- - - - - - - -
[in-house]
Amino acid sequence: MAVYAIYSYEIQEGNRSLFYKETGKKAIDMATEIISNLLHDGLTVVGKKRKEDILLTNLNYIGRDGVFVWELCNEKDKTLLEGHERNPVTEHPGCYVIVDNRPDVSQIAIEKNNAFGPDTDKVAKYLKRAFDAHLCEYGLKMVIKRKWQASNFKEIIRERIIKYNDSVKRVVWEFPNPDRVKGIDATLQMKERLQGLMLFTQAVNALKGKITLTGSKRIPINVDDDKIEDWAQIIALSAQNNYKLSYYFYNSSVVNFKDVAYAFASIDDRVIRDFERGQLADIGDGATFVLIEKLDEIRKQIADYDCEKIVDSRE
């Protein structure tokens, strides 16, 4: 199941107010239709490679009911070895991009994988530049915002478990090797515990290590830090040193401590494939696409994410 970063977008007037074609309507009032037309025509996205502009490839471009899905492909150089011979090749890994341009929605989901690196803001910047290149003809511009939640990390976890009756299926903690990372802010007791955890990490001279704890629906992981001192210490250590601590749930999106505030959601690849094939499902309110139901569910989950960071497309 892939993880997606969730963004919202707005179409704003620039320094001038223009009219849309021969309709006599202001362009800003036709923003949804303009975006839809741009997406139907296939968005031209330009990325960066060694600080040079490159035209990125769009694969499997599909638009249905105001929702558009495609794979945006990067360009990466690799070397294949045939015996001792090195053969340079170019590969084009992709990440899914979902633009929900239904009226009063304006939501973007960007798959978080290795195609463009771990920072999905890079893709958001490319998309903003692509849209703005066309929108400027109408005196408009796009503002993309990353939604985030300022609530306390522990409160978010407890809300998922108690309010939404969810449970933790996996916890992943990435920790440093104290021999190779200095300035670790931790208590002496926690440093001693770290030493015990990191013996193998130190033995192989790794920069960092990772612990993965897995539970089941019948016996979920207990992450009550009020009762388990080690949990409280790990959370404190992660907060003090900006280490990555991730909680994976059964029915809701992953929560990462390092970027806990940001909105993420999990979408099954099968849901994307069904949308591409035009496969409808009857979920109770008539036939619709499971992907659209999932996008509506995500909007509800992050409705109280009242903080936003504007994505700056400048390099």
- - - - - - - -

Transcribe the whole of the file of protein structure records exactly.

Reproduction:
[in-house]
Amino acid sequence: MAVYAIYSYEIQEGNRSLFYKETGKKAIDMATEIISNLLHDGLTVVGKKRKEDILLTNLNYIGRDGVFVWELCNEKDKTLLEGHERNPVTEHPGCYVIVDNRPDVSQIAIEKNNAFGPDTDKVAKYLKRAFDAHLCEYGLKMVIKRKWQASNFKEIIRERIIKYNDSVKRVVWEFPNPDRVKGIDATLQMKERLQGLMLFTQAVNALKGKITLTGSKRIPINVDDDKIEDWAQIIALSAQNNYKLSYYFYNSSVVNFKDVAYAFASIDDRVIRDFERGQLADIGDGATFVLIEKLDEIRKQIADYDCEKIVDSRE
């Protein structure tokens, strides 16, 4: 199941107010239709490679009911070895991009994988530049915002478990090797515990290590830090040193401590494939696409994410 970063977008007037074609309507009032037309025509996205502009490839471009899905492909150089011979090749890994341009929605989901690196803001910047290149003809511009939640990390976890009756299926903690990372802010007791955890990490001279704890629906992981001192210490250590601590749930999106505030959601690849094939499902309110139901569910989950960071497309 892939993880997606969730963004919202707005179409704003620039320094001038223009009219849309021969309709006599202001362009800003036709923003949804303009975006839809741009997406139907296939968005031209330009990325960066060694600080040079490159035209990125769009694969499997599909638009249905105001929702558009495609794979945006990067360009990466690799070397294949045939015996001792090195053969340079170019590969084009992709990440899914979902633009929900239904009226009063304006939501973007960007798959978080290795195609463009771990920072999905890079893709958001490319998309903003692509849209703005066309929108400027109408005196408009796009503002993309990353939604985030300022609530306390522990409160978010407890809300998922108690309010939404969810449970933790996996916890992943990435920790440093104290021999190779200095300035670790931790208590002496926690440093001693770290030493015990990191013996193998130190033995192989790794920069960092990772612990993965897995539970089941019948016996979920207990992450009550009020009762388990080690949990409280790990959370404190992660907060003090900006280490990555991730909680994976059964029915809701992953929560990462390092970027806990940001909105993420999990979408099954099968849901994307069904949308591409035009496969409808009857979920109770008539036939619709499971992907659209999932996008509506995500909007509800992050409705109280009242903080936003504007994505700056400048390099």